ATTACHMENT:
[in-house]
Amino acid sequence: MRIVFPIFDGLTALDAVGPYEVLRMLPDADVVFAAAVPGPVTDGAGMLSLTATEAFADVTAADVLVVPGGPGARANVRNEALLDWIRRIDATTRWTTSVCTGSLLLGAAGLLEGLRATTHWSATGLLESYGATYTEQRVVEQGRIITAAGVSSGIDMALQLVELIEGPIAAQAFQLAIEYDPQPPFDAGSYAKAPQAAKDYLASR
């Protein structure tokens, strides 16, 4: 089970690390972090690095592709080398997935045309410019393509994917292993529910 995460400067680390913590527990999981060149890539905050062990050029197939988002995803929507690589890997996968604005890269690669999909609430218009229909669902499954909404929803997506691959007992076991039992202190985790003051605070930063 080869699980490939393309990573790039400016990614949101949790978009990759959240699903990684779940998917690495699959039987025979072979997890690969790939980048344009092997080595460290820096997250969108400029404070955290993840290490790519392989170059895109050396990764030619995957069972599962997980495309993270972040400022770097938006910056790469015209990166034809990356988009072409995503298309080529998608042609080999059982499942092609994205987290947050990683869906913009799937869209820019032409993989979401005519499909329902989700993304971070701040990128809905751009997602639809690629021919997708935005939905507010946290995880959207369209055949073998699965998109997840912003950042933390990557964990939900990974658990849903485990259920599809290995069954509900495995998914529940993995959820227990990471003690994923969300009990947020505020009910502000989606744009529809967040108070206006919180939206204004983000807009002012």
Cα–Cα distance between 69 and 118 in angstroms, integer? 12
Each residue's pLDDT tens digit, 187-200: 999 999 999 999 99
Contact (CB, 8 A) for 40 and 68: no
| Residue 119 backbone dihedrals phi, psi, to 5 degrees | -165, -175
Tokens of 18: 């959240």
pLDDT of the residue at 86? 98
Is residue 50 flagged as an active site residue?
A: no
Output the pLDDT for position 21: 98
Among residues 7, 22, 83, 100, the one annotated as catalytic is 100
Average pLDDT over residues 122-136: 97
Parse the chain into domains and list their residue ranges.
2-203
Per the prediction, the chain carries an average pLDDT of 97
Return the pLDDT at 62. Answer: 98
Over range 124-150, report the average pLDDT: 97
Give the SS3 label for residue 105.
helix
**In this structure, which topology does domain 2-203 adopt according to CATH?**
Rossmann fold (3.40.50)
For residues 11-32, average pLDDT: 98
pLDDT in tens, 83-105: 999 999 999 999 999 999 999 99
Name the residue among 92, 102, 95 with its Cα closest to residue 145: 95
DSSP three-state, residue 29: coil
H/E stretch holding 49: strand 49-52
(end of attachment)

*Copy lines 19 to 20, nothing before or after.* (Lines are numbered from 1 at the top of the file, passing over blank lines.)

Over range 124-150, report the average pLDDT: 97
Give the SS3 label for residue 105.